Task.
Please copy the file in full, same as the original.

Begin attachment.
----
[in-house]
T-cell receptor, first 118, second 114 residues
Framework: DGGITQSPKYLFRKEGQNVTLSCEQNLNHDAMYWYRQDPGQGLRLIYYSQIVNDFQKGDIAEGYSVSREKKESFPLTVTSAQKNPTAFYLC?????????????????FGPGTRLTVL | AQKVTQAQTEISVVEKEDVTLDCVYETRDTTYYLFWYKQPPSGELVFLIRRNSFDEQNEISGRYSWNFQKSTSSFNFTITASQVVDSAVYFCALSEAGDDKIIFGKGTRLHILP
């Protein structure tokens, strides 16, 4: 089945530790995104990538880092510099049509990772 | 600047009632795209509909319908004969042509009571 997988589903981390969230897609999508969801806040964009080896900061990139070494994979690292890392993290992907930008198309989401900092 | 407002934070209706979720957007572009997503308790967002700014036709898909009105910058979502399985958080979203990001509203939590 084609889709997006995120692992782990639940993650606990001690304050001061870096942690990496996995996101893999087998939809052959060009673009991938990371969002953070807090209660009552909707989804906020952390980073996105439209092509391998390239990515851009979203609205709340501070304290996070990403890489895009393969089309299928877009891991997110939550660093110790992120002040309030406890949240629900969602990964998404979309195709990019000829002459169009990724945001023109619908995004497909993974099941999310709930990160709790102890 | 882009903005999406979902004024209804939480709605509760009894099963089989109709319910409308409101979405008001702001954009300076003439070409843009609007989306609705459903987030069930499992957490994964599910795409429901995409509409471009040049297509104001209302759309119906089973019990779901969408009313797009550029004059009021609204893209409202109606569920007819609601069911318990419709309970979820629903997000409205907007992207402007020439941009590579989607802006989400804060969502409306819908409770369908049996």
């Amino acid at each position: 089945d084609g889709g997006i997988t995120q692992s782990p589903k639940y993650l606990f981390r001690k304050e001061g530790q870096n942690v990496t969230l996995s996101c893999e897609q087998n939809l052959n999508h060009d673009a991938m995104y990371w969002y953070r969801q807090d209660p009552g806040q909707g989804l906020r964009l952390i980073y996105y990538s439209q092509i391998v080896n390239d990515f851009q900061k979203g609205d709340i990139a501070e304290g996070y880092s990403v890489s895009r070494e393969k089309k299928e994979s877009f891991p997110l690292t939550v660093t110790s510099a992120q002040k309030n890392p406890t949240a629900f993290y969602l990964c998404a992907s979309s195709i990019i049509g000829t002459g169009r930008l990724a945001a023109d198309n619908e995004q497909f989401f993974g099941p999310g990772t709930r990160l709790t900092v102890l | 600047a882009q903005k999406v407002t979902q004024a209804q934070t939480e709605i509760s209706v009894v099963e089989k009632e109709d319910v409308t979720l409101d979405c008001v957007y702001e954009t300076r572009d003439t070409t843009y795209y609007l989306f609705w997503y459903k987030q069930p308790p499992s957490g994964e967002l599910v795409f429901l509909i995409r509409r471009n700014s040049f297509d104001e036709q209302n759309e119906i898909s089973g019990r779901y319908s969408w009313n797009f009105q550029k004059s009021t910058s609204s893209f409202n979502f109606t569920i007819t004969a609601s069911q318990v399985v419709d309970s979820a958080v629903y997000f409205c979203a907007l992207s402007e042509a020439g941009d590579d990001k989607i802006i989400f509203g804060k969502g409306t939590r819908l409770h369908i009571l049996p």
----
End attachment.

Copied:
[in-house]
T-cell receptor, first 118, second 114 residues
Framework: DGGITQSPKYLFRKEGQNVTLSCEQNLNHDAMYWYRQDPGQGLRLIYYSQIVNDFQKGDIAEGYSVSREKKESFPLTVTSAQKNPTAFYLC?????????????????FGPGTRLTVL | AQKVTQAQTEISVVEKEDVTLDCVYETRDTTYYLFWYKQPPSGELVFLIRRNSFDEQNEISGRYSWNFQKSTSSFNFTITASQVVDSAVYFCALSEAGDDKIIFGKGTRLHILP
């Protein structure tokens, strides 16, 4: 089945530790995104990538880092510099049509990772 | 600047009632795209509909319908004969042509009571 997988589903981390969230897609999508969801806040964009080896900061990139070494994979690292890392993290992907930008198309989401900092 | 407002934070209706979720957007572009997503308790967002700014036709898909009105910058979502399985958080979203990001509203939590 084609889709997006995120692992782990639940993650606990001690304050001061870096942690990496996995996101893999087998939809052959060009673009991938990371969002953070807090209660009552909707989804906020952390980073996105439209092509391998390239990515851009979203609205709340501070304290996070990403890489895009393969089309299928877009891991997110939550660093110790992120002040309030406890949240629900969602990964998404979309195709990019000829002459169009990724945001023109619908995004497909993974099941999310709930990160709790102890 | 882009903005999406979902004024209804939480709605509760009894099963089989109709319910409308409101979405008001702001954009300076003439070409843009609007989306609705459903987030069930499992957490994964599910795409429901995409509409471009040049297509104001209302759309119906089973019990779901969408009313797009550029004059009021609204893209409202109606569920007819609601069911318990419709309970979820629903997000409205907007992207402007020439941009590579989607802006989400804060969502409306819908409770369908049996």
């Amino acid at each position: 089945d084609g889709g997006i997988t995120q692992s782990p589903k639940y993650l606990f981390r001690k304050e001061g530790q870096n942690v990496t969230l996995s996101c893999e897609q087998n939809l052959n999508h060009d673009a991938m995104y990371w969002y953070r969801q807090d209660p009552g806040q909707g989804l906020r964009l952390i980073y996105y990538s439209q092509i391998v080896n390239d990515f851009q900061k979203g609205d709340i990139a501070e304290g996070y880092s990403v890489s895009r070494e393969k089309k299928e994979s877009f891991p997110l690292t939550v660093t110790s510099a992120q002040k309030n890392p406890t949240a629900f993290y969602l990964c998404a992907s979309s195709i990019i049509g000829t002459g169009r930008l990724a945001a023109d198309n619908e995004q497909f989401f993974g099941p999310g990772t709930r990160l709790t900092v102890l | 600047a882009q903005k999406v407002t979902q004024a209804q934070t939480e709605i509760s209706v009894v099963e089989k009632e109709d319910v409308t979720l409101d979405c008001v957007y702001e954009t300076r572009d003439t070409t843009y795209y609007l989306f609705w997503y459903k987030q069930p308790p499992s957490g994964e967002l599910v795409f429901l509909i995409r509409r471009n700014s040049f297509d104001e036709q209302n759309e119906i898909s089973g019990r779901y319908s969408w009313n797009f009105q550029k004059s009021t910058s609204s893209f409202n979502f109606t569920i007819t004969a609601s069911q318990v399985v419709d309970s979820a958080v629903y997000f409205c979203a907007l992207s402007e042509a020439g941009d590579d990001k989607i802006i989400f509203g804060k969502g409306t939590r819908l409770h369908i009571l049996p």